Mr. Packer and other College Board spokespeople insist that the Framework has not eliminated key American heroes. Once again, the actual content of the Framework weakens this claim. The Framework’s anonymous authors ignore the personalities and achievements of American giants whose courage and conviction built our country. For example, the Framework excises Roger Williams, Benjamin Franklin, Dorothea Dix, William Lloyd Garrison, Jane Addams, Theodore Roosevelt, Rosa Parks, and Dr. Martin Luther King, Jr., from the American story. George Washington’s contribution to American history is reduced to a brief sentence fragment noting his Farewell Address. (page 34). While the College Board’s anonymous authors ignore these American heroes they do find the space to highlight the Students for a Democratic Society and the Black Panthers. (page 63)
6. DOES THE COLLEGE BOARD PROVIDE TEACHERS WITH ADEQUATE RESOURCES TO PREPARE THEIR STUDENTS FOR THE APUSH EXAM?
The redesigned Framework will be tested by a redesigned Exam. In the past, teachers had a wealth of high-quality preparation materials that included seven released exams with 600 multiple-choice questions. In addition, the College Board’s AP Central website provided a trove of valuable materials that included 26 Document Based Questions, 104 essay questions, and almost 400 graded sample essays. These materials are now outdated by the new Exam. The College Board has replaced them with just one sample exam (discussed below). There are no sample essays for any of the new essay formats. This dearth of preparation materials will severely handicap teachers and their students.
7. WHAT IS THE “SECRET EXAM” AND WHY IS IT AN ISSUE?
The College Board has provided its certified APUSH teachers with a password protected Sample APUSH Exam. This “Secret Exam” is not available to the public. College Board regulations warn that “Exams may NOT be posted on school or personal websites, nor electronically transmitted for any reason.”
Aware that the redesigned Framework is not aligned with legally enacted state standards, the College Board is trying to evade this problem by claiming that exam questions “are written in a way that allows students to focus their responses on the historical examples taught in the course.” The “Secret Exam” prevents the public from determining if this claim is accurate.
8. DOES THE NEW APUSH EXAM ACTUALLY GIVE TEACHERS AND STUDENTS THE “FLEXIBILITY” TO BRIDGE THE GAP BETWEEN THE COLLEGE BOARD FRAMEWORK AND STATE STANDARDS?
The College Board’s insistence that its questions will be “written in a way that allows students to focus their responses on the historic examples they were taught in class” – which might be examples from state standards rather than the Framework – is contradicted by the Framework itself. The College Board refutes its own “flexibility doctrine” when it unequivocally states that “the newly designed AP U.S. History Exam will not ask students about historic content that falls outside the concept outline.” Moreover, the “flexibility doctrine” conflicts with the structure of the new Exam. For the College Board’s “flexibility doctrine” to work, Exam questions will have to be very broad. In fact, the Exam includes 55 multiple-choice questions, four short-answer essays, and a document-based question. Taken together, these questions account for 85 percent of a student’s score. By their very nature, these focused questions can only be answered by very specific answers – and the College Board says those answers will come from the Framework, not from state standards or any other source.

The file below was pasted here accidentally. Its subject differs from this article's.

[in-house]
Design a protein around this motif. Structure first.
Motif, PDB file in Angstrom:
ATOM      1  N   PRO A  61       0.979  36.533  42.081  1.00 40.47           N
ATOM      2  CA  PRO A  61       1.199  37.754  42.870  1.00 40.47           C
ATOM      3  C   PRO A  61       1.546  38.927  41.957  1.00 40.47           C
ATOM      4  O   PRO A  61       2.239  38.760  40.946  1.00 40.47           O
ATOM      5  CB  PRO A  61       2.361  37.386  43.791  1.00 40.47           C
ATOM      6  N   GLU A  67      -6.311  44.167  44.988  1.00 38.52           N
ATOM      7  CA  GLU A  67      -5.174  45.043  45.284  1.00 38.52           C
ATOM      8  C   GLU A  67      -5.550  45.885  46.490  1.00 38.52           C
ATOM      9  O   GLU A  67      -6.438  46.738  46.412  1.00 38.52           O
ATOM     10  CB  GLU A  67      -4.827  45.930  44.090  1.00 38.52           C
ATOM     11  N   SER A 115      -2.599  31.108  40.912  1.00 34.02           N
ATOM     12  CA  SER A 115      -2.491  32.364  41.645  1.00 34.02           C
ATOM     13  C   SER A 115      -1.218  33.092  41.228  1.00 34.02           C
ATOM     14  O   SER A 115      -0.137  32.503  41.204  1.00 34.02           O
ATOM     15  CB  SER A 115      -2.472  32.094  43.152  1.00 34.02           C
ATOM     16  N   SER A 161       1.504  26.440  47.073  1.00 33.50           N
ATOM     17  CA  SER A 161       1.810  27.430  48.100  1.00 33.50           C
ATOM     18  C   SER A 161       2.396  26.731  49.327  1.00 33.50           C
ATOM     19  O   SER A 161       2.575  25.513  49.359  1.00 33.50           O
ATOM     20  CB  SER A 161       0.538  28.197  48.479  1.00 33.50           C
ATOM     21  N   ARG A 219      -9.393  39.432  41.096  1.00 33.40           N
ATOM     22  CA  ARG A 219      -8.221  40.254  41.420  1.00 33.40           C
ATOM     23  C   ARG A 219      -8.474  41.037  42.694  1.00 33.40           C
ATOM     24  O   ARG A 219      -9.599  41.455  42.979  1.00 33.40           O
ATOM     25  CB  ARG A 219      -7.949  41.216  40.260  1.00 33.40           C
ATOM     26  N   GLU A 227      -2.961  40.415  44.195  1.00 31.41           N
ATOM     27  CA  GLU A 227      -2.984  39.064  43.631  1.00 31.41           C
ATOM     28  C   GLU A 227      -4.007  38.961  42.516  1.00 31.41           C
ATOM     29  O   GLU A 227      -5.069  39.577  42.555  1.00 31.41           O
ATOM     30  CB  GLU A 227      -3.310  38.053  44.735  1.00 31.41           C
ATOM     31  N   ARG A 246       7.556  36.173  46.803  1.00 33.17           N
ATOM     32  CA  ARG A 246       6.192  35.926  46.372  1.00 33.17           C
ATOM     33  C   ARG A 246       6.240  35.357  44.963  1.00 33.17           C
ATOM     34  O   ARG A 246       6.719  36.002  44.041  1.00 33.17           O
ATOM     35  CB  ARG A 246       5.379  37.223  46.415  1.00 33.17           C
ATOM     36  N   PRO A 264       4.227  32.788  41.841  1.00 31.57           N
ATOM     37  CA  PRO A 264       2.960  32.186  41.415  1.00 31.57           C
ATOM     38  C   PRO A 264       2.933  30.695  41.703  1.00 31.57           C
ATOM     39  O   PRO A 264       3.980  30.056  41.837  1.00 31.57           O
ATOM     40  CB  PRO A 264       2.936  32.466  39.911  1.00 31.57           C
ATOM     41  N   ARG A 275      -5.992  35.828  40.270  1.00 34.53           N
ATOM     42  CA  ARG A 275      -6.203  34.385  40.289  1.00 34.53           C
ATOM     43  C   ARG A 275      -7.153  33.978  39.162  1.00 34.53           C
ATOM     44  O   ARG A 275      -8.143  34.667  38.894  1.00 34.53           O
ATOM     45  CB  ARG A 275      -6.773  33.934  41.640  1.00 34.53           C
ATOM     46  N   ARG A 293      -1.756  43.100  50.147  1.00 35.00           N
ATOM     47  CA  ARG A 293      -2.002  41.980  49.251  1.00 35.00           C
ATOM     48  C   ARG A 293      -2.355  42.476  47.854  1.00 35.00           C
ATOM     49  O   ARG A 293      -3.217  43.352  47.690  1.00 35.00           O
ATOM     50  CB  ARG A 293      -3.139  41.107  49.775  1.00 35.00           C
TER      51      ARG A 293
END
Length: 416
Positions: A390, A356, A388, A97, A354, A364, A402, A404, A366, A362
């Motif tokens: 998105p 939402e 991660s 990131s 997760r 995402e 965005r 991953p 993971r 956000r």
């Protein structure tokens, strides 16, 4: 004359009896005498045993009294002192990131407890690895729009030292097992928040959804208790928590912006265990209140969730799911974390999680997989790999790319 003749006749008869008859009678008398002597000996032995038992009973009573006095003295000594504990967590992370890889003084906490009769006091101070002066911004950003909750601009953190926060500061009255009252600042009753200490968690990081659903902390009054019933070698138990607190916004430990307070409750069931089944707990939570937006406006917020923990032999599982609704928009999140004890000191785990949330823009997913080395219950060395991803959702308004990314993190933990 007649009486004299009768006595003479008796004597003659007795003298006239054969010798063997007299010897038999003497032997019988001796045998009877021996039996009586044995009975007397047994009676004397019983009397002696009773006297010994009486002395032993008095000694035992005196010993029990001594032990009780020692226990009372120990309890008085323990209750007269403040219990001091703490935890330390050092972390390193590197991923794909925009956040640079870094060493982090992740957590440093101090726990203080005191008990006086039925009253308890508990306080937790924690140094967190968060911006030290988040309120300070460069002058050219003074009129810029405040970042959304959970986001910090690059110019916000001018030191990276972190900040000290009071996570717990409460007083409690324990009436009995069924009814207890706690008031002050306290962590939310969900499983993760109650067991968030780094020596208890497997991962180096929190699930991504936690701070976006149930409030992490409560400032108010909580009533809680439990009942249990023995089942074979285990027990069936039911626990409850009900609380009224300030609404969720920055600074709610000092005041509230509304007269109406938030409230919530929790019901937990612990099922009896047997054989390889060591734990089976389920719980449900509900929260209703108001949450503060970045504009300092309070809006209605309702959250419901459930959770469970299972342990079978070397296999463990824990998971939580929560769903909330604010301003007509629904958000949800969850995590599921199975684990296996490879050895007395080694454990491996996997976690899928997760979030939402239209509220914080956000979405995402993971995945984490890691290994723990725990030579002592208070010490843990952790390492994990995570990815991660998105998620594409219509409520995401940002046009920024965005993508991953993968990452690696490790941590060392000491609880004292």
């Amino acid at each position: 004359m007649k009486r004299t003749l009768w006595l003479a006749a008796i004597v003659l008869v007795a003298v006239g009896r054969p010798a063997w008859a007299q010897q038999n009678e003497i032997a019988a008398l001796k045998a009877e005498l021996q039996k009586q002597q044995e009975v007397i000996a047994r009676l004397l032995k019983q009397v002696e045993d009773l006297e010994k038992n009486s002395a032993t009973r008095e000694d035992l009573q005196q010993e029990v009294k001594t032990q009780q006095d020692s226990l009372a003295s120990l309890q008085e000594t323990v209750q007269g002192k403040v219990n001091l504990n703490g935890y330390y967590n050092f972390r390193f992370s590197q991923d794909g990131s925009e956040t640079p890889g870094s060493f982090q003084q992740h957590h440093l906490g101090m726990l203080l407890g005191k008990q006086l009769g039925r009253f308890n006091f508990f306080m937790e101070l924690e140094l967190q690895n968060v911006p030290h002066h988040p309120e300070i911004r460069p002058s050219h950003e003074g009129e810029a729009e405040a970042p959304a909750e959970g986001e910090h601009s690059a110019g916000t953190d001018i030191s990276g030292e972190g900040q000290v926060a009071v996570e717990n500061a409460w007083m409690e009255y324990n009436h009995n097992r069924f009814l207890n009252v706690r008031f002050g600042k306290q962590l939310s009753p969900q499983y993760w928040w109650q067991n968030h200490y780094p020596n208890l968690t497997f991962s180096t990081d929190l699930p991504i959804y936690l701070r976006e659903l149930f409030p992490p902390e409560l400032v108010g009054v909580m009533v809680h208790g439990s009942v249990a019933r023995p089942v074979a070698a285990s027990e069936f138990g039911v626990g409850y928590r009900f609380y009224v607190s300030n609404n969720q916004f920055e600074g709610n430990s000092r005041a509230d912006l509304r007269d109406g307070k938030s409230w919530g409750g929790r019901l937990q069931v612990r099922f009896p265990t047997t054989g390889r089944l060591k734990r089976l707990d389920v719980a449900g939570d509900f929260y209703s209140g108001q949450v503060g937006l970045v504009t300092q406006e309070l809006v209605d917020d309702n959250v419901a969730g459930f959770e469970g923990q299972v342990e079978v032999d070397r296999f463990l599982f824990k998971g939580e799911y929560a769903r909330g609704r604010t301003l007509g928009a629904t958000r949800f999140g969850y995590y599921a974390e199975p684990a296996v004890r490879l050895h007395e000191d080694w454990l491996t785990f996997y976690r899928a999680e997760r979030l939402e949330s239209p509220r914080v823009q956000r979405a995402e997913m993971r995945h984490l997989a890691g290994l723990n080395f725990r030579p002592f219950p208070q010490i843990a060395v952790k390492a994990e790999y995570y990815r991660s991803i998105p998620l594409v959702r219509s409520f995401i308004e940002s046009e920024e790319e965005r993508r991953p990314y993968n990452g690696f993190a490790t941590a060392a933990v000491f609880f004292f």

9. DO REVISIONS OF THE AP U.S. HISTORY COURSE AND EXAM ALIGN WITH THE COMMON CORE NATIONAL STANDARDS?
Common Core is one of the most contentious issues in American education. The current head of the College Board, David Coleman, is widely acknowledged as one of the primary architects of Common Core. So, it should come as no surprise that the College Board website states that the redesigned
AP U.S. History course “dovetails with the Common Core State Standards for reading and writing literacy.”
A growing number of states have now withdrawn from Common Core; many more are seriously considering withdrawal. The close links between the redesigned APUSH Framework and Common Core provide an alarming back-door way for supporters of Common Core to use the AP American history course to circumvent state control over what is taught in their schools.
10. WHAT WOULD HAPPEN IF THE COLLEGE BOARD DELAYS IMPLEMENTING THE REDESIGNED FRAMEWORK FOR A YEAR?
The College Board is aware of the increasing criticism now directed at its redesigned Framework. At a meeting of the Texas Board of Education on July 19th, a College Board representative acknowledged the criticism and repeatedly said, “We’re listening.” The College Board has listened for long enough. The time has come for Mr. Coleman to withdraw the redesigned Framework for a year. This will give the College Board time to fully address the Framework’s biases and omissions. It will also give the College Board time to develop more practice tests. And finally, it will demonstrate that the College Board is indeed listening to the public.